Progress, challenges and perspectives in flexible perovskite solar cells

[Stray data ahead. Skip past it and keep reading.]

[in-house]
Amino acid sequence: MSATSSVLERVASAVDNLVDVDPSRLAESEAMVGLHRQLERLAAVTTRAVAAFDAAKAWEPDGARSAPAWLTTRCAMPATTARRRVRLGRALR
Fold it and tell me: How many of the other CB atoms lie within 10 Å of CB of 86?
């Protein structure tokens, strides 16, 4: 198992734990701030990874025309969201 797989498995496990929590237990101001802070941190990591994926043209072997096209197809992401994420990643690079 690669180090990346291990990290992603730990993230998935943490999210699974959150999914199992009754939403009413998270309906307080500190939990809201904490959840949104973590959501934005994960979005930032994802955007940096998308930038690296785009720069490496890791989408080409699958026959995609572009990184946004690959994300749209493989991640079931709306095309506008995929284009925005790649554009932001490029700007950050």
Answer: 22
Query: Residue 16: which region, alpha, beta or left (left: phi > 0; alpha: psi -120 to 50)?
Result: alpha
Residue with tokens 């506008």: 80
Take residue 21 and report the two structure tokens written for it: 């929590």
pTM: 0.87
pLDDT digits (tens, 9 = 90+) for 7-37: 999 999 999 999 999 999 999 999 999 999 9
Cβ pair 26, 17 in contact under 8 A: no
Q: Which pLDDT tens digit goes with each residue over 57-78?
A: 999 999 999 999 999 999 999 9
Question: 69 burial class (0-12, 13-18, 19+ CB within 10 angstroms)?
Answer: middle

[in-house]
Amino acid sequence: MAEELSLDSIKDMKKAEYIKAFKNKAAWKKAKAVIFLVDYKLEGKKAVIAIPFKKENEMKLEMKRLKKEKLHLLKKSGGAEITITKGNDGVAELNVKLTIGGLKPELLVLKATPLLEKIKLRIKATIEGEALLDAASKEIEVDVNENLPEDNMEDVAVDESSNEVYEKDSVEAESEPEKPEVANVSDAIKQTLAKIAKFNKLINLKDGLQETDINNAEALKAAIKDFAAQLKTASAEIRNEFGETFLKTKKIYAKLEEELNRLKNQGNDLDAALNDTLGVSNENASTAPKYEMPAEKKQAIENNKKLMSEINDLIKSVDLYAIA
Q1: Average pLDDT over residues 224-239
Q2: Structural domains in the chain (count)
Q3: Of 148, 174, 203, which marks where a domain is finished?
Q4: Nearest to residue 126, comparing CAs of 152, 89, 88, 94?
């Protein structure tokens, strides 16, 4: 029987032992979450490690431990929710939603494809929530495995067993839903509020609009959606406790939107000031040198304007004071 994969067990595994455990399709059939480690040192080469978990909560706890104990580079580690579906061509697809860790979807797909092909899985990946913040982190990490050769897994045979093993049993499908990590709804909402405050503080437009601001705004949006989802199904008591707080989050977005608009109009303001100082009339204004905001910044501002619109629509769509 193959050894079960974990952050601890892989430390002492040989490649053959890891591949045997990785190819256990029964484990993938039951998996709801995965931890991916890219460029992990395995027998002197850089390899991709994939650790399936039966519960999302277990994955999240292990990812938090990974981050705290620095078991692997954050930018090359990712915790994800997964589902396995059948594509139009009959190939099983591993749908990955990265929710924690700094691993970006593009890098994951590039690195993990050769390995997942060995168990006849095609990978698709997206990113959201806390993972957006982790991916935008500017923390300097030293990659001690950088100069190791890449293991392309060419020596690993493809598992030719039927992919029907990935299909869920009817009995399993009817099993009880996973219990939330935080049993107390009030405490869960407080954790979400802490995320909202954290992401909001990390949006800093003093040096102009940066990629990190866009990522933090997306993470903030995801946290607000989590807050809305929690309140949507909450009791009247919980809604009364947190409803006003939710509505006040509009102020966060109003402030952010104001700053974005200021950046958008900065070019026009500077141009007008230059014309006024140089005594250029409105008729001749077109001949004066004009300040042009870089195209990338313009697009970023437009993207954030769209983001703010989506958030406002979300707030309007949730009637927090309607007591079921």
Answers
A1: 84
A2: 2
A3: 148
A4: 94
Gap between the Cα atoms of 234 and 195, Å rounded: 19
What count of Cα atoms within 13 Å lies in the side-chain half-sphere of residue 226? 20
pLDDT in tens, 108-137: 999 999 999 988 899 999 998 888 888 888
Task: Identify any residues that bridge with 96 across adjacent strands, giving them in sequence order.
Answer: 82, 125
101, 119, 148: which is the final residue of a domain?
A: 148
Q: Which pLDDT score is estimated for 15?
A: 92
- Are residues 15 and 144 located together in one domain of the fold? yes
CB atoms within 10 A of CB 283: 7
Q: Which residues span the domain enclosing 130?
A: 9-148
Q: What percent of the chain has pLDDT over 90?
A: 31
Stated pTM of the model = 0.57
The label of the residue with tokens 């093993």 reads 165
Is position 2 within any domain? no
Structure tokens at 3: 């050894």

Perovskite solar cells have attracted enormous interest since their discovery only a few years ago because they are able to combine the benefits of high efficiency and remarkable ease of processing over large areas. Whereas most of research has been carried out on glass, perovskite deposition and synthesis is carried out at low temperatures (<150 °C) to convert precursors into its final semiconducting form. Thus, developing the technology on flexible substrates can be considered a suitable and exciting arena both from the manufacturing view point (e.g. web processing, low embodied energy manufacturing) and that of the applications (e.g. flexible, lightweight, portable, easy to integrate over both small, large and curved surfaces). Research has been accelerating on flexible PSCs and has achieved notable milestones including PCEs of 15.6% on laboratory cells, the first modules being manufactured, ultralight cells with record power per gram ratios, and even cells made on fibres. Reviewing the literature, it becomes apparent that more work can be carried out in closing the efficiency gap with glass based counterparts especially at the large-area module level and, in particular, investigating and improving the lifetime of these devices which are built on inherently permeable plastic films. Here we review and provide a perspective on the issues pertaining progress in materials, processes, devices, industrialization and costs of flexible perovskite solar cells.